Lena Baker was a black maid executed in 1945 after being convicted in a one-day trial for killing a white man. Georgia corrections officials issued her a pardon in 2005 after six decades of lobbying and arguments by her family that she likely killed the man because he was holding her against her will.
Baker was to receive a headstone noting she was executed in 1945 and pardoned 60 years later. The ceremony at Mt. Vernon Baptist Church in Cuthbert was to feature lawmakers and Baker's family, and organizers said it would be a cathartic experience as well as a reminder of racial injustice.
"This ordeal should not be forgotten," said Charles McElveen, Baker's great-great-nephew. "We need to remember where we came from so we don't end up back there. This lets people know the history of what went on here, from 1944 until now."
The dedication ceremony comes amid renewed attention to Baker's plight. A DVD of the film "The Lena Baker Story," a feature film that documents the 44-year-old's life, was released this month. Director Ralph Wilcox said he's received a flood of e-mails and messages since the movie was released at a film festival in 2008.
"Before Martin Luther King Jr., before Rosa Parks, before Barack Obama, there was Lena Baker. There were people who inspire others to make changes and get called into action," said Wilcox, who also wrote and produced the film.
"She wasn't a medical doctor, a poet, a writer or a politician. She was an average woman trying to get along in the time when she lived."
Baker testified during her trial that E.B. Knight, who hired her as a maid, held her against her will and threatened to shoot her if she tried to leave. She said she grabbed Knight's gun and shot him when he raised a metal bar to strike her.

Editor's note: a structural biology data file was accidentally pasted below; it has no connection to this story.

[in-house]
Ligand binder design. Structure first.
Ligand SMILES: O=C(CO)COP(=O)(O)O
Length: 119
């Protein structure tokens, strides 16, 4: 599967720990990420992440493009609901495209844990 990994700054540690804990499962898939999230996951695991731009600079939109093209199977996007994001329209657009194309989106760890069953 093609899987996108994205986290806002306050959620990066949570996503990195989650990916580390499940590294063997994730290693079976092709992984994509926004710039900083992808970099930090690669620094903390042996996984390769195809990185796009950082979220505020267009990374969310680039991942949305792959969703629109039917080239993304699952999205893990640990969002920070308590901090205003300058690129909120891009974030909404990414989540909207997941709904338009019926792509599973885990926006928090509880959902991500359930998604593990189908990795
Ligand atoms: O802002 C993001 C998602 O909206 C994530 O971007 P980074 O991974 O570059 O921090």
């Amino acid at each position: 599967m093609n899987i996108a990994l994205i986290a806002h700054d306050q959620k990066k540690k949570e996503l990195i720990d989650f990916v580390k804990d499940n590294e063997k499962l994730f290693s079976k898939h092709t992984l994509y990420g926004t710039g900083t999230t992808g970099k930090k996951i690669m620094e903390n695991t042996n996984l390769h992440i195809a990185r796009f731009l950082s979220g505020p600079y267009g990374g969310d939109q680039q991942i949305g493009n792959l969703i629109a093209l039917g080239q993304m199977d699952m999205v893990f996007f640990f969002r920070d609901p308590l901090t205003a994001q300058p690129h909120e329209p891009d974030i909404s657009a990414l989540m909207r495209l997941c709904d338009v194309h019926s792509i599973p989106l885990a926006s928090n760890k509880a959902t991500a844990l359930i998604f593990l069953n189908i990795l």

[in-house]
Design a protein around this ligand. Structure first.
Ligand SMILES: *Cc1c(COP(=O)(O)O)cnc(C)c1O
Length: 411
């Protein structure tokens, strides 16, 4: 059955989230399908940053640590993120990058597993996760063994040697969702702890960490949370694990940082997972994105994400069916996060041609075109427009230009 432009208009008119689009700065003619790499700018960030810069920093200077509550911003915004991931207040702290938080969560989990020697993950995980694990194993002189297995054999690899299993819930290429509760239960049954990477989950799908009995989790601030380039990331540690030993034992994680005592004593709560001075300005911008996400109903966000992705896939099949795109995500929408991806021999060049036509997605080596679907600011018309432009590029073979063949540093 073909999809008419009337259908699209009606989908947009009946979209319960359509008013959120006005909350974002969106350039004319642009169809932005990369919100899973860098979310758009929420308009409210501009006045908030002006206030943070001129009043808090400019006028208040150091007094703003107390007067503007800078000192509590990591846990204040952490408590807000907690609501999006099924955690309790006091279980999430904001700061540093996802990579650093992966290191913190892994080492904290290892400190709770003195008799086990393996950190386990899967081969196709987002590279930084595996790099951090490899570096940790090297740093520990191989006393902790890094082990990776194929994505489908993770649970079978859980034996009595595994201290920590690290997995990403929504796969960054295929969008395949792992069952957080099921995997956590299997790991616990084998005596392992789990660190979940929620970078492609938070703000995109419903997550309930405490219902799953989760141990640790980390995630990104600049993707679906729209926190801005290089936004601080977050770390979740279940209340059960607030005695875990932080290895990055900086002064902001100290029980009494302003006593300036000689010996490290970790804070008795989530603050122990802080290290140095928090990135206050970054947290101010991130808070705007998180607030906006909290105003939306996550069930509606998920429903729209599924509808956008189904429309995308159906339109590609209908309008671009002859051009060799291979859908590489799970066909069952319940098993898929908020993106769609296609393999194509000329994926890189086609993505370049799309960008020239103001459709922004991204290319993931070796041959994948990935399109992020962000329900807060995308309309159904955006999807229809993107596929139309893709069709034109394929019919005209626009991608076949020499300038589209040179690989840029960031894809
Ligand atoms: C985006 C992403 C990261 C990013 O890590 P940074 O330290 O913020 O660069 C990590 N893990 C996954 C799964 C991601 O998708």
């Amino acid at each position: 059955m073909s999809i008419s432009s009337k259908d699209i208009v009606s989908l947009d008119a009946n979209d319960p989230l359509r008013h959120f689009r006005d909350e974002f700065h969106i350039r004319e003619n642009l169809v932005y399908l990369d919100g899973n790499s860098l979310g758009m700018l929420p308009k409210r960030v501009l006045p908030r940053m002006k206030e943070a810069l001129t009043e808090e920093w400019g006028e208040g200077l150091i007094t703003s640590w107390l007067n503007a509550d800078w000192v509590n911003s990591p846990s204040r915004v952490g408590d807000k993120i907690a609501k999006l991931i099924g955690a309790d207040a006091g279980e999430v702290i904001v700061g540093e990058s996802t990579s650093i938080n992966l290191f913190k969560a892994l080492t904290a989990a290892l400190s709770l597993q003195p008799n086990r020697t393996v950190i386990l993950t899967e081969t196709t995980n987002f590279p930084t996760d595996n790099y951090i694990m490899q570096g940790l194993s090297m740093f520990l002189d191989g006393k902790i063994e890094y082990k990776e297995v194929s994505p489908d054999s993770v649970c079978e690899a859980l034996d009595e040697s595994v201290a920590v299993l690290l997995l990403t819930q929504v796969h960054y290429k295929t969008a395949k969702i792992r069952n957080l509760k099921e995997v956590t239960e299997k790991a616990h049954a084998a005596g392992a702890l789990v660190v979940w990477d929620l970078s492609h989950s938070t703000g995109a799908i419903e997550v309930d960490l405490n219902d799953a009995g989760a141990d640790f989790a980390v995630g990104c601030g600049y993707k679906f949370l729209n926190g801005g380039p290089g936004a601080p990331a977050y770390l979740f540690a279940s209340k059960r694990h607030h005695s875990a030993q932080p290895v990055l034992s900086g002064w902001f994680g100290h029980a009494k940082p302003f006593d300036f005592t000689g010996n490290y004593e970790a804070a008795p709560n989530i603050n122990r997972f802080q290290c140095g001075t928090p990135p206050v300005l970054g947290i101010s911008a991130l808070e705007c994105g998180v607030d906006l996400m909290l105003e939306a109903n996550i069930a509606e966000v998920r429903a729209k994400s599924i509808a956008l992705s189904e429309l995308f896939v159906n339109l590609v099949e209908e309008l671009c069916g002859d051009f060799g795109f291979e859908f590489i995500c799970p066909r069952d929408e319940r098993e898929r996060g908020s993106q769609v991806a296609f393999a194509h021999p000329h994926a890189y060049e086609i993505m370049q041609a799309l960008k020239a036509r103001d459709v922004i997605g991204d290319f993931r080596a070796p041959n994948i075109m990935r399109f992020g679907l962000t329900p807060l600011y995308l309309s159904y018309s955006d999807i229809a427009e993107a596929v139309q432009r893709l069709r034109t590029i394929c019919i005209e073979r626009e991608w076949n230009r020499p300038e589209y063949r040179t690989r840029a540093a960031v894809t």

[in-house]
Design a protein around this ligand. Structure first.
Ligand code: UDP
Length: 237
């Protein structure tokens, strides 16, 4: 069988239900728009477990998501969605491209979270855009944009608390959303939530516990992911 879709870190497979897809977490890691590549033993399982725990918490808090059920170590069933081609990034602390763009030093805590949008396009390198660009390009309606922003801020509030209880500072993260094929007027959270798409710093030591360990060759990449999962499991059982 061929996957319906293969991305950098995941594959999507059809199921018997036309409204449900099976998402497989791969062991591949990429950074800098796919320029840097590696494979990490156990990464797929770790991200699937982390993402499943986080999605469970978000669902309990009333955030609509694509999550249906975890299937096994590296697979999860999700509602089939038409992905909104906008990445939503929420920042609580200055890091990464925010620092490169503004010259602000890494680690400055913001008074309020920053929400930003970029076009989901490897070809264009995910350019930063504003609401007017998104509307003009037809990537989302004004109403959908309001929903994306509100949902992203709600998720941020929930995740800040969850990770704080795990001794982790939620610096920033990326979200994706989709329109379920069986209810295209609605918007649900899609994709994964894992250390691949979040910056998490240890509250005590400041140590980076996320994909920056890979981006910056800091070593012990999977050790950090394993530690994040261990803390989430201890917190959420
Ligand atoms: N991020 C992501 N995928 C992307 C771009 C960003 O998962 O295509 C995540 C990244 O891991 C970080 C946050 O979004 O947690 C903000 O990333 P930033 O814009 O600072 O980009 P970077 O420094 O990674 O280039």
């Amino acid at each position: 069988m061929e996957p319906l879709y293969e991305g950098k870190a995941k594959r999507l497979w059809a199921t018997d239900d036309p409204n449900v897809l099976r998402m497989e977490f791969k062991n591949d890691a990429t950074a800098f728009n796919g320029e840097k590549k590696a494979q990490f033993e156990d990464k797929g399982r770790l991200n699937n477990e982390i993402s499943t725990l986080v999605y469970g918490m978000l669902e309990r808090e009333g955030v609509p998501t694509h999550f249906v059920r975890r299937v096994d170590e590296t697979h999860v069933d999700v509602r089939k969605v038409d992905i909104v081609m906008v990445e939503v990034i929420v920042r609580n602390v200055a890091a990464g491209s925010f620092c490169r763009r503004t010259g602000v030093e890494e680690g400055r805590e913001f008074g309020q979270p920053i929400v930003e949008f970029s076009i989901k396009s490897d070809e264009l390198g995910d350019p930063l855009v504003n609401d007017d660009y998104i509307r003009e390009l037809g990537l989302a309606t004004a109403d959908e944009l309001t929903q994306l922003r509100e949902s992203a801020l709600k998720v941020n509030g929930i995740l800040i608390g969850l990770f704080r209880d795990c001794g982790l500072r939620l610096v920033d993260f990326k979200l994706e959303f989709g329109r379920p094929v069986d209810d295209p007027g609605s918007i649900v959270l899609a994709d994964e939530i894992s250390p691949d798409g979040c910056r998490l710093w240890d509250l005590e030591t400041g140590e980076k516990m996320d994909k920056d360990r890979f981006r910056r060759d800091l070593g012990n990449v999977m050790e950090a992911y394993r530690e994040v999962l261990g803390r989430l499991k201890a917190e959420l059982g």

The jury of 12 white men didn't buy her self-defense argument, and her case wasn't helped when her court-appointed attorney didn't call a single defense witness. The jurors found her guilty of murder and the judge sentenced her to die.
Baker had maintained until her dying day that she shot Knight in self-defense, saying before the execution, "what I done, I did in self-defense. I have nothing against anyone."
At Baker's family's request, the Georgia Board of Pardons and Paroles granted her a pardon in 2005. The board did not find her innocent of the crime, but instead found that the decision to deny her clemency in 1945 was "a grievous error, as this case called out for mercy."
An undertaker buried her body behind a small country church in Cuthbert, a southwest Georgia town where she attended services and was a member of the choir. Her grave remained unmarked for more than five decades, until the congregation spent $250 a few years ago for a cement slab.
Still, her relatives and supporters wanted to mark her burial in a more fitting way, and they said the headstone unveiled Wednesday will serve as both a reminder and an inspiration.
"This site is an important landmark, an important piece of history," said Wilcox. "Hopefully it will help all of us continue to become better human beings, a memorial that people will recognize and honor to make sure that these types of things never happen again."